HIV/AIDS In The Lives Of Gay And Bisexual Men In The United States
Section 1: Importance Of HIV/AIDS As An Issue, Personal Concern, And Personal Connections
HIV/AIDS As An Issue Facing Gay And Bisexual Men
Men in the United States who identify as gay or bisexual see HIV/AIDS as the number one health issue, and as a top priority among overall issues facing their community today. When asked in their own words to name the most important issue facing gay and bisexual men today, 20 percent name HIV/AIDS, ranking behind discrimination/lack of acceptance (43 percent) and roughly equal to two other issues: equal rights (26 percent) and marriage equality (24 percent). Asked specifically about health issues affecting gay and bisexual men, HIV is by far the number one issue at 52 percent, followed by other sexually transmitted diseases (28 percent). Smaller shares name safe sex in general (9 percent), mental health (8 percent), and drug use (8 percent).
While HIV is named as the top health care issue among all subgroups of gay and bisexual men, the share naming HIV is somewhat larger among those who identify as gay versus those who consider themselves bisexual (59 percent versus 35 percent), and among those who know someone who is currently living with HIV versus those who don’t (60 percent versus 41 percent).
Asked about a variety of policy issues affecting gay and bisexual men, just over half (54 percent) say efforts aimed at prevention and treatment of HIV should be a top priority, while nearly as many say the same thing about efforts to combat bullying and violence directed at LGBT youth (51 percent) and equal employment rights for LGBT people (47 percent). Slightly fewer see legal gay marriage (40 percent) and adoption rights for same-sex couples (29 percent) as top priorities, though it should be noted that large majorities see all of these priorities as at least “very important.”
In addition to seeing HIV as a priority for their community, about half of gay and bisexual men (49 percent) say HIV/AIDS is a “very” or “somewhat” significant issue for them personally, while the other half (51 percent) say it is “not too significant” or “not a significant issue” in their lives. Men who are members of racial and ethnic minority groups, as well as those who say they know someone living with HIV, are more likely than whites and those who don’t know someone living with the disease to say that HIV/AIDS is a significant personal issue.
Many are unaware that HIV infections are increasing among gay and bisexual men, the only risk group for which this is true in the United States.1 Just about a third (32 percent) know that the number of new infections each year among gay and bisexual men is increasing, while 22 percent think the number is decreasing, 26 percent say it’s staying about the same, and one in five say they don’t know. Men who identify as gay are somewhat more likely to know that new HIV infections are increasing compared with those who identify as bisexual (36 percent versus 22 percent).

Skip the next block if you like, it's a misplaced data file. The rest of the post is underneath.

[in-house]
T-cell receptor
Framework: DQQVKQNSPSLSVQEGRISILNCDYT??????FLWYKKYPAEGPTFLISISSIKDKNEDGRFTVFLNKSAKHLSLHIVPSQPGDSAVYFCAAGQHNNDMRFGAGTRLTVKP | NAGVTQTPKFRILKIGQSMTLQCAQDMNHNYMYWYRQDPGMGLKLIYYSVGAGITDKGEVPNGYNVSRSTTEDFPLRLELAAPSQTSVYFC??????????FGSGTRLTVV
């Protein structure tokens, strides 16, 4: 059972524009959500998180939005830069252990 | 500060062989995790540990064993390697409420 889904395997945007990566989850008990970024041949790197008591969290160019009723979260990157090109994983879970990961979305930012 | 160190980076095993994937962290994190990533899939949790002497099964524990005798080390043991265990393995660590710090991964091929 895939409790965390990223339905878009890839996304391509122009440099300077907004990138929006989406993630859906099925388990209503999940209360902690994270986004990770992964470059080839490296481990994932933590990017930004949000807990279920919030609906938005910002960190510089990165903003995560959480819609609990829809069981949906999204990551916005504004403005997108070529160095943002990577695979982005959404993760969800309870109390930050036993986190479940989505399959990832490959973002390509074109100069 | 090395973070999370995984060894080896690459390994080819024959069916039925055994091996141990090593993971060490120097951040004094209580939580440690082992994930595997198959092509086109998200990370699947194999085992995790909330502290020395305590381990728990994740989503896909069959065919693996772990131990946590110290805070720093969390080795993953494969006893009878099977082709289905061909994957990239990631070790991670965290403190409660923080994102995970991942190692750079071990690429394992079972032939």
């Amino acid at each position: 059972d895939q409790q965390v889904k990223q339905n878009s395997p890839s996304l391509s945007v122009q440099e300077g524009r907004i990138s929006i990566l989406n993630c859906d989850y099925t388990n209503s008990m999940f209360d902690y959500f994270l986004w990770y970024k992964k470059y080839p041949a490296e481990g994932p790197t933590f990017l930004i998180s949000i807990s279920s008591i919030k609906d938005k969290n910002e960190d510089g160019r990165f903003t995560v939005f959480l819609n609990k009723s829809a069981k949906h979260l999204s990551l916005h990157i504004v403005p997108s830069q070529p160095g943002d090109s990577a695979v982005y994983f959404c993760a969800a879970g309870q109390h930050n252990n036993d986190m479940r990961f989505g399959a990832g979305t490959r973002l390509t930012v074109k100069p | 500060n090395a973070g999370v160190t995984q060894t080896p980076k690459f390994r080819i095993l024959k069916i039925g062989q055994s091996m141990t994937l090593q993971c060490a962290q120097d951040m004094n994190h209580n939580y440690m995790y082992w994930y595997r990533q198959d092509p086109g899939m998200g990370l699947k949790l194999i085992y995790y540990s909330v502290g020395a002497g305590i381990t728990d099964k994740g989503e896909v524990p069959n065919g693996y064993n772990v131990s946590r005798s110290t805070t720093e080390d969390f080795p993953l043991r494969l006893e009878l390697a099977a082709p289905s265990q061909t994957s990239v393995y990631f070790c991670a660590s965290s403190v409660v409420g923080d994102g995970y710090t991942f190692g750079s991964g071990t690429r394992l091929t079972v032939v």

Personal Concern about Risk
Only about a third (35 percent) of gay and bisexual men say they are at least somewhat concerned about becoming infected with HIV. Just over four in ten (43 percent) say they are concerned about contracting other STDs, while even more report being concerned about developing cancer (61 percent), having a heart attack (58 percent), and developing diabetes (44 percent).
Gay men of color are almost twice as likely their white counterparts to say they are at least somewhat concerned about becoming infected with HIV (53 percent versus 28 percent).2 Similarly among the general population, Black Americans are more likely than whites to say they’re personally concerned about becoming infected (36 percent versus 14 percent).3
About half (49 percent) of gay and bisexual men overall say they know someone who is currently living with HIV, and 32 percent say someone close to them has died from HIV/AIDS. Among the general public, these shares are much smaller – just one in five (19 percent) say they know someone living with HIV and 15 percent have lost someone close to them to the disease. Among African Americans nationally – another group besides gay and bisexual men that is disproportionately affected by HIV – just over a quarter (27 percent) say they know someone living with the disease, and a similar share (28 percent, almost equal to the rate among gay men) say someone close to them has died from it.
Among gay and bisexual men, there is a large generational divide in the share saying someone close to them has died from HIV/AIDS. Nearly half (47 percent) of those ages 35 and older say they have lost someone close to them to the disease, while just 8 percent of those ages 18-34 say the same. Older men are also somewhat more likely than younger men to say they know someone currently living with HIV (54 percent versus 39 percent).
Ten percent of gay and bisexual men indicated that they themselves are HIV-positive. However, this is likely to be an underestimate of the true rate in the population, since some men may have chosen not to disclose their own status in the survey, and others are likely to be unaware they are HIV-positive. It is estimated that approximately 12 to 13 percent of all gay and bisexual men in the United States are HIV-positive4, including one in five in many major U.S. cities5. The U.S. Centers for Disease Control and Prevention (CDC) also estimates that 18 percent of gay and bisexual men with HIV do not know their status.6